View Full Version : [lubuntu] Lubuntu & Xubuntu for corporate environment
December 3rd, 2012, 07:04 PM
I'm looking for to know about the benefits, problems, friendliness; anything about Lubuntu and Xubuntu in corporate environment.
Is Xubuntu and Lubuntu ready for large corporate implementation?
What could be the problems?
What could be the benefits?
Any suggestion, experience, tips would be highly appreciable.
Thanks in advance.
December 3rd, 2012, 07:20 PM
This is interesting also for people who want to do basic things (and only use a few application programs, mainly the web browser, file browser and office software).
I think it is important to use an LTS version to avoid too frequent major updates. Xubuntu 12.04 has 3 years LTS. Unfortunately Lubuntu 12.04 has a normal support period (18 months). It is also important that the application programs are good enough and not too frugal.
I like Lubuntu because it is so light-weight and fast not only for aging computers. But I add xubuntu-desktop (and a few more packages) in order to get what I need. But comparing these flavours out of the box I would suggest Xubuntu for corporate environments.
December 3rd, 2012, 07:34 PM
I know large corporations have lots of network shares (mostly Windows/Samba). Xubuntu's Gigolo would work great here by bookmarking these locations and handling automatic connections at login. There is no other tool quite like it.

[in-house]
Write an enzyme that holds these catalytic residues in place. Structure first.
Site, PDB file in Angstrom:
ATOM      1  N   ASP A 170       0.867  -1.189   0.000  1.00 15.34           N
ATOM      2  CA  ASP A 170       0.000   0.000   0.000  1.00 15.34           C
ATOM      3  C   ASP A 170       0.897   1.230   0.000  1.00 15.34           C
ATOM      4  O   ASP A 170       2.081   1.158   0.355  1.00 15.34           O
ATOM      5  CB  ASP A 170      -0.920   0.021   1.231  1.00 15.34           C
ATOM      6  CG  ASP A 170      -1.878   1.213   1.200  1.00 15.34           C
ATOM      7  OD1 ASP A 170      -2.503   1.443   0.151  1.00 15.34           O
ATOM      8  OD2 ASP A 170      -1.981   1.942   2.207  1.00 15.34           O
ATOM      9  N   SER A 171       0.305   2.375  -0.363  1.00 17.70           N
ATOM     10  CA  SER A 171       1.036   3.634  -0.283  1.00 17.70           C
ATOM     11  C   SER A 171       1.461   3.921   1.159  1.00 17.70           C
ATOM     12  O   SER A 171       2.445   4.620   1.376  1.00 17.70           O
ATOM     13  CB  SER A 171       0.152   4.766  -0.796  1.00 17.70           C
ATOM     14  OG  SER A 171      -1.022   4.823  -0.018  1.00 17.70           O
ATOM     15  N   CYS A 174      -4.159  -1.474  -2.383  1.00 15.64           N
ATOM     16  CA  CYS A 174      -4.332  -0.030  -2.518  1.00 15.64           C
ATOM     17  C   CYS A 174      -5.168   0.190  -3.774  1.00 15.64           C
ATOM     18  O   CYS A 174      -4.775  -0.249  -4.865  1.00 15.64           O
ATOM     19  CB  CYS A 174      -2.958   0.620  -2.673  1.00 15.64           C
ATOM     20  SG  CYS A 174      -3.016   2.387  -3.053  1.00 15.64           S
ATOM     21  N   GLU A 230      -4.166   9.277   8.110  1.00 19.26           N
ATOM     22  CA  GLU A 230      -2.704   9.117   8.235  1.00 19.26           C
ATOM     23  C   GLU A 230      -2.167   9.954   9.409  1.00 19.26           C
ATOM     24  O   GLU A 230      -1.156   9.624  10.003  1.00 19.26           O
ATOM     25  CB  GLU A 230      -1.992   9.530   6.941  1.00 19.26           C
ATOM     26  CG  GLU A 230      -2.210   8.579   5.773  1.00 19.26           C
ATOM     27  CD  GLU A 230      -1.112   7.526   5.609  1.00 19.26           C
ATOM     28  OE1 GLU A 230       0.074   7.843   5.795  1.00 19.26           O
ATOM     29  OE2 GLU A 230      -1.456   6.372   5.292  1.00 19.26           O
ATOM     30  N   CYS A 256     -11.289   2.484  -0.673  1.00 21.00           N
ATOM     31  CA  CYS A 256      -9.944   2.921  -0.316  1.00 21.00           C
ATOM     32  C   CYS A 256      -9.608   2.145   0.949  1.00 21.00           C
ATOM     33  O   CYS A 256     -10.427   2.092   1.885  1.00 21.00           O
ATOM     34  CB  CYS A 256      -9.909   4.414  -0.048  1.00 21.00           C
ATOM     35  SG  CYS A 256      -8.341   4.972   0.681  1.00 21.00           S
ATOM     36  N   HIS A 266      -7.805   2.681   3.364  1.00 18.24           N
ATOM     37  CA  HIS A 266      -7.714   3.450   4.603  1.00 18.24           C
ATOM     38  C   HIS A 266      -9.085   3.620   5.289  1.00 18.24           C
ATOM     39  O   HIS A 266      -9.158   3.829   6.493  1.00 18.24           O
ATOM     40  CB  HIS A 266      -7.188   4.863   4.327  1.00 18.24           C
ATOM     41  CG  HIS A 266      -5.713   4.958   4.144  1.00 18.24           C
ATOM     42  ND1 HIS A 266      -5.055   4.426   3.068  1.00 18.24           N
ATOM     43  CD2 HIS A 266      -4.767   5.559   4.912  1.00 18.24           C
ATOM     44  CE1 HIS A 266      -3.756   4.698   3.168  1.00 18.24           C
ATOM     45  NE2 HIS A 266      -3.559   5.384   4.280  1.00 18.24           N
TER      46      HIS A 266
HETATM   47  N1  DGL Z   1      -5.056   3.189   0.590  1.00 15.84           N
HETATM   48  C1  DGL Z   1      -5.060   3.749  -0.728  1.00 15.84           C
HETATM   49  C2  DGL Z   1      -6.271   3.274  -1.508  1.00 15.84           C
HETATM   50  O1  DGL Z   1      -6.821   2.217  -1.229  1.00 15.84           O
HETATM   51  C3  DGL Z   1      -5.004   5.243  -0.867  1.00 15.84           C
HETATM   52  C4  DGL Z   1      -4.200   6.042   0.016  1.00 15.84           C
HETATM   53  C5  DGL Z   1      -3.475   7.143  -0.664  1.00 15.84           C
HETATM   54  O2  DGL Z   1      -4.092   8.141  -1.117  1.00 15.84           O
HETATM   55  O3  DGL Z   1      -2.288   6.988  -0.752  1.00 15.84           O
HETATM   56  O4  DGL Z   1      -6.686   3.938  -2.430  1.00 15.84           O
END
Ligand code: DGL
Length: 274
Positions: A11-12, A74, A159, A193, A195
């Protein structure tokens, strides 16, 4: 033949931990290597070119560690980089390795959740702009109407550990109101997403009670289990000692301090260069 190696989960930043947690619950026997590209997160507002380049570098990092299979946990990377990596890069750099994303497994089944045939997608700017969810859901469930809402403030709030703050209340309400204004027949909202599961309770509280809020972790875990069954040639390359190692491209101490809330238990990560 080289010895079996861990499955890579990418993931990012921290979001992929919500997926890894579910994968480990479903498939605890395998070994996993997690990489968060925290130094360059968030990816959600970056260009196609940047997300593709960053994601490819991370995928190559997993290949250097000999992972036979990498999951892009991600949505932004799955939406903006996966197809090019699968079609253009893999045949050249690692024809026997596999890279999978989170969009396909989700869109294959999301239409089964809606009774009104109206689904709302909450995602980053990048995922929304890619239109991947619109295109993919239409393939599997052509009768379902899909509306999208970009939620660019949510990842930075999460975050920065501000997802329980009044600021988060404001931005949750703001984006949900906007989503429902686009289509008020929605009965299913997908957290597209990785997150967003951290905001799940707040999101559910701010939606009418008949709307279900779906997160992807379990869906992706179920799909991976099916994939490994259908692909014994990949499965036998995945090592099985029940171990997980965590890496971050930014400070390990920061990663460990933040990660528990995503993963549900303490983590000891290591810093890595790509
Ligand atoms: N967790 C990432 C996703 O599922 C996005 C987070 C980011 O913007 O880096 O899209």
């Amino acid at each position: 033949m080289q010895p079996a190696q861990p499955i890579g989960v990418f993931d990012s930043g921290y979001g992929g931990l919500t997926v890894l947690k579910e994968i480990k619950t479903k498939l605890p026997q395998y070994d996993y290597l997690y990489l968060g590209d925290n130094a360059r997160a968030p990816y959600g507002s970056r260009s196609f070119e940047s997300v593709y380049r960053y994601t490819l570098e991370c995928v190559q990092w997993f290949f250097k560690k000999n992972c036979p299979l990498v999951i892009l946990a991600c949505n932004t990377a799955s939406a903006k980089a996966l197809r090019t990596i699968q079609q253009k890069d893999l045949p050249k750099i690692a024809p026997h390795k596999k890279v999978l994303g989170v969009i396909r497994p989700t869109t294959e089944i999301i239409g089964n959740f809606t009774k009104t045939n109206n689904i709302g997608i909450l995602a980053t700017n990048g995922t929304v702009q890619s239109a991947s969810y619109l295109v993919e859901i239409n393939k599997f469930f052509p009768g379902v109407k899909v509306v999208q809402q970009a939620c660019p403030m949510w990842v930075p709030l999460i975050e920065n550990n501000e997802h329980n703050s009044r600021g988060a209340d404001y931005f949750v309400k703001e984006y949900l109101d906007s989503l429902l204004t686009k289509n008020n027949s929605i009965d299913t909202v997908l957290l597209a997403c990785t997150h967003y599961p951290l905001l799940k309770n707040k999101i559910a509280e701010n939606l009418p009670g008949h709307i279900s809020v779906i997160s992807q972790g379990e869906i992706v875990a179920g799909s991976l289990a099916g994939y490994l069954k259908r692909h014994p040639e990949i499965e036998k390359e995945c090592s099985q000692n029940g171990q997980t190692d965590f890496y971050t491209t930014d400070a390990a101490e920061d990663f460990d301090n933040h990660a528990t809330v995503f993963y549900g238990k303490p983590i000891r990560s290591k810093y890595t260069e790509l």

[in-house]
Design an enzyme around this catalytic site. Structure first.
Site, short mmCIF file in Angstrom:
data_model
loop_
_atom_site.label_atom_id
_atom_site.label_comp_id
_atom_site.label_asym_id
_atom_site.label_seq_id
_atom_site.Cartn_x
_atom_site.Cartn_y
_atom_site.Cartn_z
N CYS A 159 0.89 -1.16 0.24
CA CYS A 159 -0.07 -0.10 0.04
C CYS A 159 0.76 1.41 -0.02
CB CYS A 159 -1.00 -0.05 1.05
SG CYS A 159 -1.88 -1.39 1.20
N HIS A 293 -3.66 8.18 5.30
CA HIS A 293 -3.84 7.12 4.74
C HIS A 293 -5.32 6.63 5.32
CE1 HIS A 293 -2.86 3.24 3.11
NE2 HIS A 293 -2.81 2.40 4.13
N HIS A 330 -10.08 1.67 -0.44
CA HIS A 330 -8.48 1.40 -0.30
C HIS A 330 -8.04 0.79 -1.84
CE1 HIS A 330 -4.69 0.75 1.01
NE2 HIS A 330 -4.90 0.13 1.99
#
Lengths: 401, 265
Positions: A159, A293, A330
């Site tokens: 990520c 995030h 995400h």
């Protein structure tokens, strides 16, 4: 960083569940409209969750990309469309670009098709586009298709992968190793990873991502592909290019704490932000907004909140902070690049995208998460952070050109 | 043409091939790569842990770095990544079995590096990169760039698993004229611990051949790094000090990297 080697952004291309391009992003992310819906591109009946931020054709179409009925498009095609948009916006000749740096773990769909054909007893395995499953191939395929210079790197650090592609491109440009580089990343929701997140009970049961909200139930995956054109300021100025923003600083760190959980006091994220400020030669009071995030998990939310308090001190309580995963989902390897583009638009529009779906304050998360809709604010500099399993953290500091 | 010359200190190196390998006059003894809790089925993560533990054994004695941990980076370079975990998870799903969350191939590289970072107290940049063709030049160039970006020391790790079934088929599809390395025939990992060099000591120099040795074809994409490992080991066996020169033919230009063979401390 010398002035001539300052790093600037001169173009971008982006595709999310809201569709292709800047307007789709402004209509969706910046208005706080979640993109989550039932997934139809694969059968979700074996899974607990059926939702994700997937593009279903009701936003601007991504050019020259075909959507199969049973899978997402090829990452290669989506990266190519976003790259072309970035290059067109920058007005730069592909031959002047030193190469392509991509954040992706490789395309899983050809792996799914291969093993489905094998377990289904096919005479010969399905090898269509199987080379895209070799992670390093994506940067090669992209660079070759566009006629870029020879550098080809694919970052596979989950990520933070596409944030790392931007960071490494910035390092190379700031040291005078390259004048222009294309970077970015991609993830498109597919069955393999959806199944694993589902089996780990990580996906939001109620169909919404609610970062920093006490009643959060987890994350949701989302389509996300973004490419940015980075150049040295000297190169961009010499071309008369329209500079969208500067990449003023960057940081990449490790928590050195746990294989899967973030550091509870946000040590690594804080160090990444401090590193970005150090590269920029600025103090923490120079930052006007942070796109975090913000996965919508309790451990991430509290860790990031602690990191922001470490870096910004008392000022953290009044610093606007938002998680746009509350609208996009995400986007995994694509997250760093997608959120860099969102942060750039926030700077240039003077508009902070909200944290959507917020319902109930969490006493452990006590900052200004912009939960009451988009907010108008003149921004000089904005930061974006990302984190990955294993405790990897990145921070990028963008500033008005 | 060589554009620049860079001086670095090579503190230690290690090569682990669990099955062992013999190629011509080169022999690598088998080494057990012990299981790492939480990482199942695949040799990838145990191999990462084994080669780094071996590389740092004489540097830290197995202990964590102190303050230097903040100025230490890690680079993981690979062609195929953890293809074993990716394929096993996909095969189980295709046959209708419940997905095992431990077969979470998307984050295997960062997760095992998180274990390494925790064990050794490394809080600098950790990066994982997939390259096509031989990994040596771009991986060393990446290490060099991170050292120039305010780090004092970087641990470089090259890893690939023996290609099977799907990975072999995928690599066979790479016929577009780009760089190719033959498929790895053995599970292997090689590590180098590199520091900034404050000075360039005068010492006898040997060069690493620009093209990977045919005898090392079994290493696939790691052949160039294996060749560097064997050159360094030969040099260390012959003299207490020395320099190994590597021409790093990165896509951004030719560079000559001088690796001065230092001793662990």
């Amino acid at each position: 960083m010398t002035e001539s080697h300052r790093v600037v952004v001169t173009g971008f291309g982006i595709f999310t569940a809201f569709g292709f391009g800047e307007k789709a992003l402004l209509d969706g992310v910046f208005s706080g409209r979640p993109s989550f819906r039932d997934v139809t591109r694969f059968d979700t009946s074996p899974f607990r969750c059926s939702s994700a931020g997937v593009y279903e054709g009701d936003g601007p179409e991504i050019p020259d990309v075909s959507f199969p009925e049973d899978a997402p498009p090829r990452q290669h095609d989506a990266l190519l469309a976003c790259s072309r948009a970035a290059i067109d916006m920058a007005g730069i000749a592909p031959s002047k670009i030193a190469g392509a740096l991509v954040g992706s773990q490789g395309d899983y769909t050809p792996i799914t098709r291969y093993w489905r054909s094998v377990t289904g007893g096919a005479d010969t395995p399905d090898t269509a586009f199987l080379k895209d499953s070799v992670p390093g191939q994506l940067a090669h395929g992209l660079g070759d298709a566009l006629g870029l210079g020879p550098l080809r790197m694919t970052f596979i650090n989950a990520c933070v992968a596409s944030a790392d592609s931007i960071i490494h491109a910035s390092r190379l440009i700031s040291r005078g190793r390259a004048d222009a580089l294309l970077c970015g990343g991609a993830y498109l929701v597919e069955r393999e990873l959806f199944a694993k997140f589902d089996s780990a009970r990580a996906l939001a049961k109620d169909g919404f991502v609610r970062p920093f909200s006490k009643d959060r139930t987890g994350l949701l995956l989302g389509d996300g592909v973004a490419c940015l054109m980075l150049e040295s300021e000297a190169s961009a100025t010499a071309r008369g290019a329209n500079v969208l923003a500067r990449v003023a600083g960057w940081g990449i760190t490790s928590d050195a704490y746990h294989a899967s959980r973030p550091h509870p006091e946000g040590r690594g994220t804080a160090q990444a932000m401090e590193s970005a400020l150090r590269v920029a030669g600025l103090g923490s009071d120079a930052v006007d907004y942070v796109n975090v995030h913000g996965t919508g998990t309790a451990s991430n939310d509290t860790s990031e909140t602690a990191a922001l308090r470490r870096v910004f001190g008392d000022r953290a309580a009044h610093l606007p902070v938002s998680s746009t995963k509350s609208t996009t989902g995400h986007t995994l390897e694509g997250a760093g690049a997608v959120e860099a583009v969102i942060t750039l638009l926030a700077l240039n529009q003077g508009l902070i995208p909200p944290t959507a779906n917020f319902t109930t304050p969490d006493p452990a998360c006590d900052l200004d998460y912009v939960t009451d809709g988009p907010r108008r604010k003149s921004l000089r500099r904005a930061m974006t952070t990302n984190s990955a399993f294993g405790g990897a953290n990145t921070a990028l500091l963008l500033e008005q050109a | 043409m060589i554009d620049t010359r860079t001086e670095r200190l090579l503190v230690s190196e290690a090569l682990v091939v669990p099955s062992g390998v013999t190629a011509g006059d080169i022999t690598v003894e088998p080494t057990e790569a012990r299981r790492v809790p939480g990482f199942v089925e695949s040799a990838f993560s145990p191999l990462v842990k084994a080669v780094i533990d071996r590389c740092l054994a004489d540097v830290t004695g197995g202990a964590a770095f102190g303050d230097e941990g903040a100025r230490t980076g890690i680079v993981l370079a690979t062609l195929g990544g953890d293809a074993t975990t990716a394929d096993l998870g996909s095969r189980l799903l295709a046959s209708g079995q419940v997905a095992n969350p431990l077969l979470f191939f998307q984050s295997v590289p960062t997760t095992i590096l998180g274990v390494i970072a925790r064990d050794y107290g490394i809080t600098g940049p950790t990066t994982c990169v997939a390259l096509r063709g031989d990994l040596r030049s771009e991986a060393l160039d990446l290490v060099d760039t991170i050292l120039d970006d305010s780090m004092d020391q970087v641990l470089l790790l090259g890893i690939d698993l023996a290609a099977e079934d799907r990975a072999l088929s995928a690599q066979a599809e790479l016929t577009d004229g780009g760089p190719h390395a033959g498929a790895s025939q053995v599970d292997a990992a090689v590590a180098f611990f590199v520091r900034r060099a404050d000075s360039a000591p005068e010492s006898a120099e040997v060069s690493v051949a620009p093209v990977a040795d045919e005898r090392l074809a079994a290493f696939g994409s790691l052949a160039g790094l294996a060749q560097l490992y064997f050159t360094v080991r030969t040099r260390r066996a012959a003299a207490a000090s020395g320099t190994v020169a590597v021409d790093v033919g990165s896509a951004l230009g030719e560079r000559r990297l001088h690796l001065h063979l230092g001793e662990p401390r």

The downside is the name. Using an app named after a male prostitute is not very corporate friendly. Maybe one could ask the makers of Xfce to package it under a new name for corporate environments.
December 3rd, 2012, 07:47 PM
@LewisTM, Isn't it possible to use Samba on Lubuntu, other than Gigolo? Though you said Gigolo is good enough. Just want to know is it possible or not?
December 3rd, 2012, 08:11 PM
Of course it's possible. Gigolo is just an interface. Its main selling point is to autoconnect to network shares at login, when the network becomes available, something no other tool can do. Windows has had that feature (map network drive at logon) for decades.
By default, Ubuntu only lets you manually connect to network shares. Many people, and some software, expect networked files to be available right away. The other solution, Samba shares in fstab, is not an option in multiuser environments.
Powered by vBulletin® Version 4.2.2 Copyright © 2014 vBulletin Solutions, Inc. All rights reserved.